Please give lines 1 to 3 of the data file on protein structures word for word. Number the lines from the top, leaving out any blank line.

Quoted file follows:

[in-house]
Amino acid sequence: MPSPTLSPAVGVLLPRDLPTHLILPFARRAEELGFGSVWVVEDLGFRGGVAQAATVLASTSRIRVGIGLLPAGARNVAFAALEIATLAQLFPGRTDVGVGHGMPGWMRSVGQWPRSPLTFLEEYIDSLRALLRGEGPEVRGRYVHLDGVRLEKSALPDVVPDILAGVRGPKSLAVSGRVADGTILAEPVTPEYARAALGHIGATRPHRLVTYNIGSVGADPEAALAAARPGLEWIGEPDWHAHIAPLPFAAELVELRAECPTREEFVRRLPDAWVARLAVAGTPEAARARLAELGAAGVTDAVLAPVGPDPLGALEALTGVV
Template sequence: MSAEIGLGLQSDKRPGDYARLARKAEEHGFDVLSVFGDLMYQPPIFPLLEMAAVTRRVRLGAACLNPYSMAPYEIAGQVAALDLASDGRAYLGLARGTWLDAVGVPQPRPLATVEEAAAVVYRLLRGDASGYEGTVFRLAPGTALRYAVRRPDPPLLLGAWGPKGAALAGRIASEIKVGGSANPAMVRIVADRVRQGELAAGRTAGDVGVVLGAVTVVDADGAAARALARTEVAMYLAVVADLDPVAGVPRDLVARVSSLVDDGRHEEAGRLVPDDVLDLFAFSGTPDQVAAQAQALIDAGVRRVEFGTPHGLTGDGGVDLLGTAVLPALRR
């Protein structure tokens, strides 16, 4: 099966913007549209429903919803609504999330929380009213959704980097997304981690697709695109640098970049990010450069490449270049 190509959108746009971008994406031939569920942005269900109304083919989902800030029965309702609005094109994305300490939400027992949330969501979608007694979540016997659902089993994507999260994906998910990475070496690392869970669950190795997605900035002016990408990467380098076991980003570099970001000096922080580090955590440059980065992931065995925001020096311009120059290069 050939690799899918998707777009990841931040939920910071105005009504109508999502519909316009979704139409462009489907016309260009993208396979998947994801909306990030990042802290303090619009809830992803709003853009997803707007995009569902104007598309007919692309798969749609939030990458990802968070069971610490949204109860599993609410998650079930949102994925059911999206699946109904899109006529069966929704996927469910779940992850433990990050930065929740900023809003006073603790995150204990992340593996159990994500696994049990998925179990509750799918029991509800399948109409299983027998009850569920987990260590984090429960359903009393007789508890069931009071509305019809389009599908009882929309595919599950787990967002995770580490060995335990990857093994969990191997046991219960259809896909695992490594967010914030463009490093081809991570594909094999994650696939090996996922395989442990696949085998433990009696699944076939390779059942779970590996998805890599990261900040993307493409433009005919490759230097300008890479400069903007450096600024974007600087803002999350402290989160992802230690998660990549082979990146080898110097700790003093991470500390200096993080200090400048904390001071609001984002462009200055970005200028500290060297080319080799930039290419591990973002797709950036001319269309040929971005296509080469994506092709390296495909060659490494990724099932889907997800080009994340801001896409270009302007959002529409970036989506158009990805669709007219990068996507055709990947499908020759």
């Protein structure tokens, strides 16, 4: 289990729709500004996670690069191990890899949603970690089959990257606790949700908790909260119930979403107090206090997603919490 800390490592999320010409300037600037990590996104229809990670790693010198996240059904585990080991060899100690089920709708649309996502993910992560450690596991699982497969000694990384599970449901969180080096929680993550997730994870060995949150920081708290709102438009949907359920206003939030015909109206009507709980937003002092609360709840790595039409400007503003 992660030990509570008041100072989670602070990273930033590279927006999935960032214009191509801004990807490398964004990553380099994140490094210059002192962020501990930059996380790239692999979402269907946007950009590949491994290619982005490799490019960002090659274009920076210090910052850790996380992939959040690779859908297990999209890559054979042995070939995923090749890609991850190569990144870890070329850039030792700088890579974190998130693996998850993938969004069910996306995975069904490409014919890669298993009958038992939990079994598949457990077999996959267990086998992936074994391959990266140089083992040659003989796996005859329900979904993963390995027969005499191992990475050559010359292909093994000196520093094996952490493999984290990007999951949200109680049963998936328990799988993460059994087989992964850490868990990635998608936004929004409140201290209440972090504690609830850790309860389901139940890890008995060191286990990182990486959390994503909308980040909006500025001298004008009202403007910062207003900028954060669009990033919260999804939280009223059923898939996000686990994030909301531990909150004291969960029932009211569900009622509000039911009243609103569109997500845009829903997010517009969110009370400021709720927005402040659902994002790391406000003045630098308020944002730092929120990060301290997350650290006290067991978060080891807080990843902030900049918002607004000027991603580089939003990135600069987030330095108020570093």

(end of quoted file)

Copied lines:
[in-house]
Amino acid sequence: MPSPTLSPAVGVLLPRDLPTHLILPFARRAEELGFGSVWVVEDLGFRGGVAQAATVLASTSRIRVGIGLLPAGARNVAFAALEIATLAQLFPGRTDVGVGHGMPGWMRSVGQWPRSPLTFLEEYIDSLRALLRGEGPEVRGRYVHLDGVRLEKSALPDVVPDILAGVRGPKSLAVSGRVADGTILAEPVTPEYARAALGHIGATRPHRLVTYNIGSVGADPEAALAAARPGLEWIGEPDWHAHIAPLPFAAELVELRAECPTREEFVRRLPDAWVARLAVAGTPEAARARLAELGAAGVTDAVLAPVGPDPLGALEALTGVV
Template sequence: MSAEIGLGLQSDKRPGDYARLARKAEEHGFDVLSVFGDLMYQPPIFPLLEMAAVTRRVRLGAACLNPYSMAPYEIAGQVAALDLASDGRAYLGLARGTWLDAVGVPQPRPLATVEEAAAVVYRLLRGDASGYEGTVFRLAPGTALRYAVRRPDPPLLLGAWGPKGAALAGRIASEIKVGGSANPAMVRIVADRVRQGELAAGRTAGDVGVVLGAVTVVDADGAAARALARTEVAMYLAVVADLDPVAGVPRDLVARVSSLVDDGRHEEAGRLVPDDVLDLFAFSGTPDQVAAQAQALIDAGVRRVEFGTPHGLTGDGGVDLLGTAVLPALRR